It has been announced that Rosamund is expected to make more upcoming television appearances to promote Gone Girl. An overview can be found below and we will edit this post if more appearances are announced. Be sure to check your local listings for the time.
Late Night with Seth Meyers
Mo 9/29: Michael Che, Rosamund Pike, Colony House
LIVE with Kelly and Michael
We 9/24: Denzel Washington, Rosamund Pike
Last night Rosamund was a guest at The Tonight Show with Jimmy Fallon. She was there to promote Gone Girl, which will premiere during the New York Film Festival tonight. Check out a clip of the interview below.
Jimmy talks to Rosamund Pike about her movie Gone Girl and the moment she was offered the lead role.
With all the Gone Girl news you’d almost forget that Rosamund had another movie coming out. I found a review for What We Did On Our Holiday. Check out the entire review at this site.
Pike and Tennant are both very convincing in a wits end portrayal of parenthood, juggling the attempts to manage every childhood issue with the very real problems of the end of their own relationship, trying to remain calm when all around them is begging them to lose control. The script here is probably most impressive, suggesting an understanding reserved for those that have lived through the relationship issues witnessed here. Thankfully, this never becomes too overbearing, with both Hamilton an Jenkin clearly keen to veer away from becoming too bogged down in these potentially depressing plot pitfalls and instead keeping the mood airy and light for long periods, which given the plot, is no mean feat at all.
Earlier tonight Rosamund attended the London premiere of What We Did On Our Holiday. We’ve added the first few photos of her during the premiere to our gallery with hopefully more to follow soon!
Edit: Tons of extra photos have been added thanks to my friend Nicole, who is the webmaster of Lily James Source.
Seems like the first reviews are really coming out now. This time I have the review from Variety for you. Once again they have great things to say about Rosamund’s portrayal of Amy. Check their website for the full review and read the part about Rosamund below.
Still, as its title suggests, “Gone Girl” belongs to its leading lady. Pike is the sort of elegantly composed blonde beauty with whom Hitchcock would have had a field day, and some may well quibble that the actress’s cool British hauteur doesn’t fully capture Amy’s America’s-sweetheart side. Yet as evidenced by her years of solid supporting work, she also possesses the sort of ferocious charisma that magnetizes the screen, and it’s a thrill to watch her fully embrace the showiest, most substantial role of her career. Hers is the low, seductive voice we hear coaxing us through the story’s early passages, and hers is the character who ultimately exhibits the most dynamic range: In any given scene, her Amy can seem vulnerable, aggrieved, calculating, heroic, overmatched, viperous and terrifying.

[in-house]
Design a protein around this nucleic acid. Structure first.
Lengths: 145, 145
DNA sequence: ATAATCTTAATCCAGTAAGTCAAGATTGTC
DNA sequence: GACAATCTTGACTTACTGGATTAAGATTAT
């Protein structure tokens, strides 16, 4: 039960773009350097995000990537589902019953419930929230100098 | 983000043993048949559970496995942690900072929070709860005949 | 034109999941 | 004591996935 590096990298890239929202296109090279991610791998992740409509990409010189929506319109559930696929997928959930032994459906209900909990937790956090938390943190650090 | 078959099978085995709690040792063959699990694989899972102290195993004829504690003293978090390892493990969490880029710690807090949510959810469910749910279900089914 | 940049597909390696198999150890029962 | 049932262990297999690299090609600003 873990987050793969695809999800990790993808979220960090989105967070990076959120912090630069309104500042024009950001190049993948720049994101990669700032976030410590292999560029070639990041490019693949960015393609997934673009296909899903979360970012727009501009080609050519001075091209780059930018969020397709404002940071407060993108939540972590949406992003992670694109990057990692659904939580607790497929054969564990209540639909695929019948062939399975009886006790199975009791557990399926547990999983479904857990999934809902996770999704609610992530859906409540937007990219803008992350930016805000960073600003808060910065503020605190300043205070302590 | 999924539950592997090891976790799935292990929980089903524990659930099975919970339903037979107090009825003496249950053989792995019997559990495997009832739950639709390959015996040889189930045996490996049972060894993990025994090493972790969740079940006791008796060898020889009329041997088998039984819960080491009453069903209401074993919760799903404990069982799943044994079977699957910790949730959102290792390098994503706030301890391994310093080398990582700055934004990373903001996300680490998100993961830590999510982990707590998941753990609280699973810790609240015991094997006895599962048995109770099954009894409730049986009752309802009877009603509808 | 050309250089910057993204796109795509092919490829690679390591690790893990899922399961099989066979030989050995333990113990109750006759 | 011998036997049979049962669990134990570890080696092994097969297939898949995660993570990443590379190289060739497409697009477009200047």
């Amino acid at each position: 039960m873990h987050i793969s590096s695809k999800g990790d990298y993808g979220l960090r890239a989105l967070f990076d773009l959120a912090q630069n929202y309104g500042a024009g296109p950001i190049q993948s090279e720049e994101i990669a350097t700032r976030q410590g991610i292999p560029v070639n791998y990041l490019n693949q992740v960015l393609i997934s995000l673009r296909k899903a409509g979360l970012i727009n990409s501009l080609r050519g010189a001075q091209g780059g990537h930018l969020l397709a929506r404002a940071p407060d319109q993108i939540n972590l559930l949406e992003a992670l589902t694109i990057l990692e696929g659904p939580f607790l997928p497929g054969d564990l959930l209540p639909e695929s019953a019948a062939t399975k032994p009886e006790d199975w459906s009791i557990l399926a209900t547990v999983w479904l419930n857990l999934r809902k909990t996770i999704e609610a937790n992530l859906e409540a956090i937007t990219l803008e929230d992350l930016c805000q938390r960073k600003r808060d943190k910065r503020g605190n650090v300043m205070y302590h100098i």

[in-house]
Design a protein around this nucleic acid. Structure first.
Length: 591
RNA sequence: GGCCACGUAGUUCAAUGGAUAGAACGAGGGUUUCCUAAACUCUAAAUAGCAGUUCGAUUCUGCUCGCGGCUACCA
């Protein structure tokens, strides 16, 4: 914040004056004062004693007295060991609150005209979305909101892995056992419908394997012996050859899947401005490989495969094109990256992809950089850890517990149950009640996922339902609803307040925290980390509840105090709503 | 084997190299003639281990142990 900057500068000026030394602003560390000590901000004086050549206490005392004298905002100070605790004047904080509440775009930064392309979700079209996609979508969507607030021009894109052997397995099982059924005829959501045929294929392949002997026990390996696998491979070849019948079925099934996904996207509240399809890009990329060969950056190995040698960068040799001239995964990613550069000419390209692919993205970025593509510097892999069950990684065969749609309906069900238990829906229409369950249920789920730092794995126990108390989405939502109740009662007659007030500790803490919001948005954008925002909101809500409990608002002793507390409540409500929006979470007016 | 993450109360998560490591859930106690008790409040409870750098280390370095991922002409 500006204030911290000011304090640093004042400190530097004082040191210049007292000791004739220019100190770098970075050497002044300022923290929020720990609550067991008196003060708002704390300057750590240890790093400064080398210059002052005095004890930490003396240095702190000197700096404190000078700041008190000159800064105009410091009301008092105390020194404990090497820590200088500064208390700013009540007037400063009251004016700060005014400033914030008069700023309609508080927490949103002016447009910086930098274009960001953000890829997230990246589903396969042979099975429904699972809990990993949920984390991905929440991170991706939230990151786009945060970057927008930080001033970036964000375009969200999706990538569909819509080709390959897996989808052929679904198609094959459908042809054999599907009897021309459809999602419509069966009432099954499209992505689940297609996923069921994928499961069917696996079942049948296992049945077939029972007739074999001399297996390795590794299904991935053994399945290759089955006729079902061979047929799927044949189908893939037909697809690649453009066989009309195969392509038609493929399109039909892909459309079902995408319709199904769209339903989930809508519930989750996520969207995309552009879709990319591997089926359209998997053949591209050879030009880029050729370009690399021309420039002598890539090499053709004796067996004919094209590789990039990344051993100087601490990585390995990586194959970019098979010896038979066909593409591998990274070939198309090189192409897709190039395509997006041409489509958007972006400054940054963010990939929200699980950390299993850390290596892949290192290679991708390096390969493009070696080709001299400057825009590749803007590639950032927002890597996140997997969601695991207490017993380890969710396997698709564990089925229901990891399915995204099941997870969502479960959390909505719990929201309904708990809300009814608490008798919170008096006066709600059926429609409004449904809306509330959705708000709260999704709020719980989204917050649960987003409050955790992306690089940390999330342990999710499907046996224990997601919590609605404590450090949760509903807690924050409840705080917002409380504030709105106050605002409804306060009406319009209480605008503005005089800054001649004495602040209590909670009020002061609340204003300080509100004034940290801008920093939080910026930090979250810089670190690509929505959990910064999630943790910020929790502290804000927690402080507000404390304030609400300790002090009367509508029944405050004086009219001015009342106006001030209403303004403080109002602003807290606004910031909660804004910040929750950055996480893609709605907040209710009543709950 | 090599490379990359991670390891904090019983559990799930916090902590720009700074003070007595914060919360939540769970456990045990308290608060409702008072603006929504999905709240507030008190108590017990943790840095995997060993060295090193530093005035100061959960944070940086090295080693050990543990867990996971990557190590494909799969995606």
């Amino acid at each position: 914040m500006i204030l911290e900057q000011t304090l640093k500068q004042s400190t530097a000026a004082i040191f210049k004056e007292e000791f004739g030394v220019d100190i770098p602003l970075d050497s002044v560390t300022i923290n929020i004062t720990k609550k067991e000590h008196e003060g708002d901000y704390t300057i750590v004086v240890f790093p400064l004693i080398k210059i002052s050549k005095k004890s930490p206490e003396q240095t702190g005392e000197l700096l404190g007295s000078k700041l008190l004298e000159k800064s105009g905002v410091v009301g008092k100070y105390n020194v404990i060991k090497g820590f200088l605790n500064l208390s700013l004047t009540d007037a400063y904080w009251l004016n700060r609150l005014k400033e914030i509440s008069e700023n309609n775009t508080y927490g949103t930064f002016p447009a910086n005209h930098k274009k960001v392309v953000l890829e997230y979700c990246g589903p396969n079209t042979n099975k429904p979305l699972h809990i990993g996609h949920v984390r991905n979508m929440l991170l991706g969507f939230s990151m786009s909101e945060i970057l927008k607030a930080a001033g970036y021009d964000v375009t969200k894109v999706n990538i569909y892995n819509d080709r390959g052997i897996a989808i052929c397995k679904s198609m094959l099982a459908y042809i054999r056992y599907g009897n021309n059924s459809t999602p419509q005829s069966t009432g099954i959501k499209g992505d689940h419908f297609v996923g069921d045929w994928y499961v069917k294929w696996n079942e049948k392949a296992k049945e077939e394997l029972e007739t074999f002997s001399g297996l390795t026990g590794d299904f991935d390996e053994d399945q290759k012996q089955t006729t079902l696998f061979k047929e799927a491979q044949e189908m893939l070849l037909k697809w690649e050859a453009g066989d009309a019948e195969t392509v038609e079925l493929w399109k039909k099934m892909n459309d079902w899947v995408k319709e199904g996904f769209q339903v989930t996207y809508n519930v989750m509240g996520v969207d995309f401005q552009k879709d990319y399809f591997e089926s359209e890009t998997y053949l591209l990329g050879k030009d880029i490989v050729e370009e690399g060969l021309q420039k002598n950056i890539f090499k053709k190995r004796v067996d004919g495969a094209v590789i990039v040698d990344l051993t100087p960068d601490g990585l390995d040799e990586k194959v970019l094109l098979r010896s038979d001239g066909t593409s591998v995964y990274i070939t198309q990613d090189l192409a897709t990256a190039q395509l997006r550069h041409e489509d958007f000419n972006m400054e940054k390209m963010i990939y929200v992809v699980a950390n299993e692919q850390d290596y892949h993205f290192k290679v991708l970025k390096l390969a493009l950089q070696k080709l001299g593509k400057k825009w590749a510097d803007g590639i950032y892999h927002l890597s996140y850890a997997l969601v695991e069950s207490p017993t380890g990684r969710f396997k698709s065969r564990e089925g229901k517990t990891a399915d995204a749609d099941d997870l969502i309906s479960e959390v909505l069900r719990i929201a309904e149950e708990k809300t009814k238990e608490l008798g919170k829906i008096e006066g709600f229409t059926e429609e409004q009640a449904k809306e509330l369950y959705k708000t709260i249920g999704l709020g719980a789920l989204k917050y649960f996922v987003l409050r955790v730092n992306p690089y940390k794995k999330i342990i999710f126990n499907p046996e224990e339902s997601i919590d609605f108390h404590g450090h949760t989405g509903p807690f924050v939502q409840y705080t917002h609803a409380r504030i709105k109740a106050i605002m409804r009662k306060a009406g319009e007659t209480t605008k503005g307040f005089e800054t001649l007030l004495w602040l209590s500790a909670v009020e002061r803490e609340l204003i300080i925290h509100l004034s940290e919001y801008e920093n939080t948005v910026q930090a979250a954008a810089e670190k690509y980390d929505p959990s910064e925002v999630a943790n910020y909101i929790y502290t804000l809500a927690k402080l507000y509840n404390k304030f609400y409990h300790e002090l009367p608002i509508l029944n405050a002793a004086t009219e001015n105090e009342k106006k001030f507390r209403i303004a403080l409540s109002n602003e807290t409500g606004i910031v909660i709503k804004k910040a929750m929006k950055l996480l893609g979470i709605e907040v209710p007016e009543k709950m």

The Hollywood Reporter has written a great review for Rosamund’s upcoming movie Gone Girl and they have great things to say about Rosamund’s and her co-star Ben Affleck’s performance. Check out the entire review on THR.com and read some snippets about Rosamund below.
A good-looking pair of New York writers, Amy (Rosamund Pike) and Nick (Ben Affleck) were uprooted and transplanted, quite infelicitously, to small-town Missouri, thanks to a financial setback and Nick’s father’s illness. Glamorous and sexy back East, they quickly became grating and loveless as they knocked around a personality-free house in one of the world’s most boring places.
Affleck, who has never been more ideally cast, delivers a beautiful balancing act of a performance, fostering both sympathy and the suspicion that his true self lies somewhere between shallow jerk and heartless murderer. Pike, who has been notable in several roles over the past dozen years (Pride & Prejudice, Jack Reacher) but has rarely played full-blown leads, is powerful and commanding. Making Amy even steelier and more brazen than one might have imagined, she evinces no vulnerability but, rather, a strong sense of self-worth, as Amy seems to dare others to size themselves up against her. Physically and emotionally, Pike looks to have immersed herself in this profoundly calculating character, and the results are impressive.
Along with the parallel structural device and alternating narrative voices, what distinguishes the novel Gone Girl from any number of other modern mystery thrillers is its corrosive view of marriage, a theme amply underlined by Pike’s spiky performance.